Doctors often fail to warn diabetic patients that what may be a small foot injury for most people could be a very serious injury for them.
Any ulcer in the foot of a diabetic or other issue is extremely likely to cause serious problems.
Studies show that even minor lesions can become major foot problems for diabetic patients. Experts are saying it is important to bring attention to this issue, as diabetics are known to have to face terrible foot amputations and related problems when issues go untreated.
Researchers say even minor injuries need to be treated with great care.
The author of the study said, “I hope medical specialists, and other health care practitioners will use this knowledge and implement it in clinical practice. Ulcer recurrence is a debilitating condition for the patient, risking further complications such as infection and amputation, and influencing loss of patient mobility and quality of life.”
Reuters offers statistics, “In the U.S., 26 million Americans have diabetes. Every year, 65,700 of these patients have lower-limb amputations. People with diabetes often lose feeling in their feet as a result of nerve damage, known as myelopathy. The lack of sensation makes diabetics prone to injure their feet without realizing it, and allows small wounds to grow into serious ulcers that can eventually lead to infection or gangrene.”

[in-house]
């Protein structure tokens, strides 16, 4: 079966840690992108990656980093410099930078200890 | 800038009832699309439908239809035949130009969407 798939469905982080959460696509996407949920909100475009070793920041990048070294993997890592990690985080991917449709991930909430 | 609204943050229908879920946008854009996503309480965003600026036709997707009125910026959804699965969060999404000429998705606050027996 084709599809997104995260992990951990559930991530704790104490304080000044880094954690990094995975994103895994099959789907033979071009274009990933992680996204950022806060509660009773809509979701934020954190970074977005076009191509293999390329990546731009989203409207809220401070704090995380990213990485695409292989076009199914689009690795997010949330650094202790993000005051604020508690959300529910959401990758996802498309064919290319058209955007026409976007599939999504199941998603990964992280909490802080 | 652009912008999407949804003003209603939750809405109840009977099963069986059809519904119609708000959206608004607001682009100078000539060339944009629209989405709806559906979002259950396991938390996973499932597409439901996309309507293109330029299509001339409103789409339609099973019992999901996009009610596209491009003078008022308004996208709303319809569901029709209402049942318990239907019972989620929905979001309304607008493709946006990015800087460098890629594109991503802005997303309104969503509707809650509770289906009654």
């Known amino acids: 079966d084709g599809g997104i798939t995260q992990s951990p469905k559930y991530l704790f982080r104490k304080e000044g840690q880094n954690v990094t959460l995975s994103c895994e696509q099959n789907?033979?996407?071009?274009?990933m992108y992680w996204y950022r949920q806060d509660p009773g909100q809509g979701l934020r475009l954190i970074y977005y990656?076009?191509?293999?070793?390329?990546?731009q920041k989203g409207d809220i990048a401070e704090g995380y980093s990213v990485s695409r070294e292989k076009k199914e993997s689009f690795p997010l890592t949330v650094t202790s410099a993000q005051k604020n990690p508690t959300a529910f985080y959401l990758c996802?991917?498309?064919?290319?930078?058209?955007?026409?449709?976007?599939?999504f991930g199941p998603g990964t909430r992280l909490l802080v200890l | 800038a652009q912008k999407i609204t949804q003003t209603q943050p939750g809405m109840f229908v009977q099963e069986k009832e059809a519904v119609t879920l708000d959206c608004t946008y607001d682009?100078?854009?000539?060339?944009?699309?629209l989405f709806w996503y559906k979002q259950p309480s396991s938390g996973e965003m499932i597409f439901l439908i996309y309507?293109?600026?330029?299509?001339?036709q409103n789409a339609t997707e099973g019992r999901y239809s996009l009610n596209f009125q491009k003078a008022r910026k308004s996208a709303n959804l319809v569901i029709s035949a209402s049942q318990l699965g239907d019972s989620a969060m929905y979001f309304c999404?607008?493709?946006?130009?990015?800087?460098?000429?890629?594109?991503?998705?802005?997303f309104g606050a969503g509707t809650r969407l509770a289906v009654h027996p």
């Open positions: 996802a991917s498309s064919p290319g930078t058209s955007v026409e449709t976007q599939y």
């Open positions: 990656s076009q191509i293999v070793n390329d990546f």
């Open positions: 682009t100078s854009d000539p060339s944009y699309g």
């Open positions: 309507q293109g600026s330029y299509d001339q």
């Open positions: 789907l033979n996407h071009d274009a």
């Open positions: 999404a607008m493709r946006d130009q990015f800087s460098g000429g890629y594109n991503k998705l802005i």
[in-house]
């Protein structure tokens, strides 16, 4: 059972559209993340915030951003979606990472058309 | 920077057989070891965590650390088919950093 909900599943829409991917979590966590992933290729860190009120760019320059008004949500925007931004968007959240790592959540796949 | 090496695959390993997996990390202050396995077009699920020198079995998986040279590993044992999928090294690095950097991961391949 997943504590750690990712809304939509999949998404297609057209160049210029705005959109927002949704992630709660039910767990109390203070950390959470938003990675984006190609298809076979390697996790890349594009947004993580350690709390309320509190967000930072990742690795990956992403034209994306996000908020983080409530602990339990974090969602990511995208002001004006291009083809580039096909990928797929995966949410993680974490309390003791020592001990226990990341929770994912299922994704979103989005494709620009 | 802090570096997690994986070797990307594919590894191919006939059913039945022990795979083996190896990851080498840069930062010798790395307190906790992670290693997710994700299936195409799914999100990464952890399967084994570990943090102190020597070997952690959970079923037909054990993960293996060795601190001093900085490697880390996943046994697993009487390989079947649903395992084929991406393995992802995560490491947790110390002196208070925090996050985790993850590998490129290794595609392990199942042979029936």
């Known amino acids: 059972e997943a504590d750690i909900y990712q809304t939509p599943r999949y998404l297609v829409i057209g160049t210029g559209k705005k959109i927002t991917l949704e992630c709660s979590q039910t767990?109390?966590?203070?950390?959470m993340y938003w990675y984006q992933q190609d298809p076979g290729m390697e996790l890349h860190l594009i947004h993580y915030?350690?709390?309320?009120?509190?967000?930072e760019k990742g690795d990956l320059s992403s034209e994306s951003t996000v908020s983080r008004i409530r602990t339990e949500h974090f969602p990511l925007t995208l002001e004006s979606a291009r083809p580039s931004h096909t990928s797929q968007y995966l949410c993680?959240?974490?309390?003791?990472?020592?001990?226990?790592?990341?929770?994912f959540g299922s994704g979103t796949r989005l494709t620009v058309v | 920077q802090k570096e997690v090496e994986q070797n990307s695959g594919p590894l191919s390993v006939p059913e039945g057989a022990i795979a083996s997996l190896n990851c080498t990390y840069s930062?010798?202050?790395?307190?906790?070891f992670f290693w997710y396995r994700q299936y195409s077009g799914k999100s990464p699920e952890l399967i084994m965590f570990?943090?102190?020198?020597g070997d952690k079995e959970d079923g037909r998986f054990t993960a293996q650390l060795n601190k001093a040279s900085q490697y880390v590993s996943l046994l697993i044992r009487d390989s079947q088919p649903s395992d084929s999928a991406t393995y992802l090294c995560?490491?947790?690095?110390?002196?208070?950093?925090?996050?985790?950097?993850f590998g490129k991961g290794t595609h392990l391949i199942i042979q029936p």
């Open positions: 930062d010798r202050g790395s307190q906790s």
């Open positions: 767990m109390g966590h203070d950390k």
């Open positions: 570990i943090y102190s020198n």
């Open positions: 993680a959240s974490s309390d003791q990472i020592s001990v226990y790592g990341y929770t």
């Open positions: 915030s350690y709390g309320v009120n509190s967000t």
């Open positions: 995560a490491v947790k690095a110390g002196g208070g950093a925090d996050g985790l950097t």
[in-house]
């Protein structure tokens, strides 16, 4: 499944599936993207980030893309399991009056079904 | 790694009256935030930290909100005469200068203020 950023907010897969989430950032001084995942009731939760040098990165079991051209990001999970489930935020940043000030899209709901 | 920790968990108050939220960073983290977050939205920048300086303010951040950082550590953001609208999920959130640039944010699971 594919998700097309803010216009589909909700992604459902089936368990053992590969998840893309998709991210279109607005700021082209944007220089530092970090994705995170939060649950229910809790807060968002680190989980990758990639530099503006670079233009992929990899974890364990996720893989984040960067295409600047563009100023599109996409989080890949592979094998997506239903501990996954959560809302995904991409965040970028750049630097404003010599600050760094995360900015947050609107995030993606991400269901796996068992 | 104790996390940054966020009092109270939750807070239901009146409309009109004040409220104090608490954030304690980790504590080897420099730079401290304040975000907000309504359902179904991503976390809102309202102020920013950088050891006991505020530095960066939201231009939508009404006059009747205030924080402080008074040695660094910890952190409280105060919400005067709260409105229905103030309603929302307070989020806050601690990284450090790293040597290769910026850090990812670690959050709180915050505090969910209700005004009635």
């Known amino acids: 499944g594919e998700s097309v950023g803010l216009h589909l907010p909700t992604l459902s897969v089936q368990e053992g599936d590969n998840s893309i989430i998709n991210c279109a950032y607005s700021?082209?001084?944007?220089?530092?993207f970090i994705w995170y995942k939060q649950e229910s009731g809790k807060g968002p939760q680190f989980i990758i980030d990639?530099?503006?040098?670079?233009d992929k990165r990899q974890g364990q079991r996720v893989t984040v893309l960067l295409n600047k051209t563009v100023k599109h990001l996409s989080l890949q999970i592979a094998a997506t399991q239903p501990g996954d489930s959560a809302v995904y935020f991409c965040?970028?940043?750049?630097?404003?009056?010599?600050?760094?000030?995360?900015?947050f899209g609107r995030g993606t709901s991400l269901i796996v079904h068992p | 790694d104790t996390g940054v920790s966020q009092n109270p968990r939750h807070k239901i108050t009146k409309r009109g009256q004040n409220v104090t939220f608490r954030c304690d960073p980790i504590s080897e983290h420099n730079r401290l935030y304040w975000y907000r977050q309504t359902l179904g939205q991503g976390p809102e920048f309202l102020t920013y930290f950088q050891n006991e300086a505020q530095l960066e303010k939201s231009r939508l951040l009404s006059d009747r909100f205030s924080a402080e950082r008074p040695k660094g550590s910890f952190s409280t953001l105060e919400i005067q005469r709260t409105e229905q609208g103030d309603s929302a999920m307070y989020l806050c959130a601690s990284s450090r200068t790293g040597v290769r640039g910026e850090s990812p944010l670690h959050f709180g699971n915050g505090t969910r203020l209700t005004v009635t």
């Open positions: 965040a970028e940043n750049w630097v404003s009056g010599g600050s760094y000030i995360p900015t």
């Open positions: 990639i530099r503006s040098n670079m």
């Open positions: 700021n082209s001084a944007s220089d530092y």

The study looked at around two hundred diabetic patients. Reuters reports, “Among those 41, the people who had minor lesions when the study began were nine times more likely than those who didn't to develop an ulcer. Often the wounds were in the same place as a previous ulcer, suggesting there was ongoing pressure or injury happening at that spot, according to the researchers. Patients who wore shoes customized to the pressure points of their feet, however, had a 57 percent lower risk of developing a new ulcer compared to those who didn't.”
Dr. Armstrong who specializes in the field but did not take part in the study told Reuters, “Myelopathy is a massive problem, it's silent, and it doesn't hurt, even in instances of gangrene. It's no one's fault, but no one pays attention to it. This study opens up avenues for prevention.”